Using lesson study with preservice secondary mathematics teachers: effects on instruction, planning, and efficacy to teach mathematics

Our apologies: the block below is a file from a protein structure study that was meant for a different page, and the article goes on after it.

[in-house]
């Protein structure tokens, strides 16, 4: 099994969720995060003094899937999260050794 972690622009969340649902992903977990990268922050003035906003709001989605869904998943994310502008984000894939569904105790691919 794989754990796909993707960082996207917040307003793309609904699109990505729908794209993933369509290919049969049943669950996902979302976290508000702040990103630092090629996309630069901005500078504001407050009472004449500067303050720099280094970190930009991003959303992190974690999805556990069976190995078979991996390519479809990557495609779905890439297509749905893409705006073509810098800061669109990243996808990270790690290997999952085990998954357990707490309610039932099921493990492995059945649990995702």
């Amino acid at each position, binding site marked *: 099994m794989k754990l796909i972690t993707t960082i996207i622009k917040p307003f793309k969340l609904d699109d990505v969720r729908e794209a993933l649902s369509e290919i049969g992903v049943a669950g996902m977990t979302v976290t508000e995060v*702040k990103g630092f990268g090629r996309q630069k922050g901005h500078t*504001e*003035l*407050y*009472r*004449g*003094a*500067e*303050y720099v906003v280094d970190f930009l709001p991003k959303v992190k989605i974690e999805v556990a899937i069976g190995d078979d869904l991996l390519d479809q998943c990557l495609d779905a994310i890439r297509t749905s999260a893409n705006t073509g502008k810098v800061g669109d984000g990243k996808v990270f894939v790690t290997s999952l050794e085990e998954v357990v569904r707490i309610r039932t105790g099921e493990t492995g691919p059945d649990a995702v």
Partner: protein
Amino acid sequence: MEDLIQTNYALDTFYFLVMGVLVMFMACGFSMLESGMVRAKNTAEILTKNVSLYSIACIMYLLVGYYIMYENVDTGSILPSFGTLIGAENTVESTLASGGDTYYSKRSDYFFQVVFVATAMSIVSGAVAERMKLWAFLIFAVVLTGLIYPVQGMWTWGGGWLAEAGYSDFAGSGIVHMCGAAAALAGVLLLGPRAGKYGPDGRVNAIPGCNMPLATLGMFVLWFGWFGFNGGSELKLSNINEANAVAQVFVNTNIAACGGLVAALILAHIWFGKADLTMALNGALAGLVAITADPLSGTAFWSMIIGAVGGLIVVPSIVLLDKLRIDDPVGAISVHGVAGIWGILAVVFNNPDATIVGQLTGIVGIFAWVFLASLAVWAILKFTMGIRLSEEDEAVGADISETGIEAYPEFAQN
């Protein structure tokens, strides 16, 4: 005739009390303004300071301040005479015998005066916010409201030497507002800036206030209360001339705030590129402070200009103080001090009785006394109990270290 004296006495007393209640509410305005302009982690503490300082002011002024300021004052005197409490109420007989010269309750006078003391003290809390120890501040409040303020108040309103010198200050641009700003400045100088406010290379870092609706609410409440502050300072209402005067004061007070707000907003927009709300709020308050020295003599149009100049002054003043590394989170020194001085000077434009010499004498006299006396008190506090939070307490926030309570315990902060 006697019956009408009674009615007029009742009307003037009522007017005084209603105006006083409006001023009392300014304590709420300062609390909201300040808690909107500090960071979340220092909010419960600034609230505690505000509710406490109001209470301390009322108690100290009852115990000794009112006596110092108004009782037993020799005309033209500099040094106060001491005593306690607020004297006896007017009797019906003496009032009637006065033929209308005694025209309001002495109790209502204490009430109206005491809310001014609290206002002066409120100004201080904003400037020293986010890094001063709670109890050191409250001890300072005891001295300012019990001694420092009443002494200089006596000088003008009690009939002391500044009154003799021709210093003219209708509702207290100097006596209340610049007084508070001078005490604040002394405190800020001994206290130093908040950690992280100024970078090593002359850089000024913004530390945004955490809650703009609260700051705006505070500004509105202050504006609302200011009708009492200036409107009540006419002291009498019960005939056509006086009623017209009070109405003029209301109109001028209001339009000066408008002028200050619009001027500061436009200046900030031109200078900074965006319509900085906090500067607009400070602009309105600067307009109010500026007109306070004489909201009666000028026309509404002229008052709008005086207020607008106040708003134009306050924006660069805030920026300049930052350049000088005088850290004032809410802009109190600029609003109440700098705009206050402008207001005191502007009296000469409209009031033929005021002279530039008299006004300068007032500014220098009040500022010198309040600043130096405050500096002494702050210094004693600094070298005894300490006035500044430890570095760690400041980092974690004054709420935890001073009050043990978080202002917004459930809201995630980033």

ABSTRACT There is a continuing emphasis in the United States to improve student's mathematical abilities and one approach is to better prepare teachers. This study investigated the effects of using lesson study with preservice secondary mathematics teachers to improve their proficiency at planning and implementing instruction. The participants were students (preservice teachers) in an undergraduate teacher preparation program at a private university who were enrolled in a mathematics methods course for secondary math teachers. This project used lesson study to engage preservice teachers in collaboratively creating lessons, field testing them, using feedback to revise the lessons, and re-teaching the revised lesson. The preservice teachers worked through multiple cycles of the process in their secondary math methods class receiving feedback from their peers and instructor prior to teaching the lessons in their field experience (practicum). A mixed methods approach was implemented to investigate the preservice teacher's abilities to plan and implement instruction as well as their efficacy for teaching. Data were collected from surveys, video analysis, student reflections, and semi-structured interviews. The findings from this study indicate that lesson study for preservice teachers was an effective means of teacher education. Lesson study positively impacted the preservice teachers' ability to plan and teach mathematical lessons more effectively. The preservice teachers successfully transitioned from teaching in the methods classroom to their field experience classroom during this innovation. Further, the efficacy of the preservice teachers to teach secondary mathematics increased based on this innovation. Further action research cycles of lesson study with preservice teachers are recommended.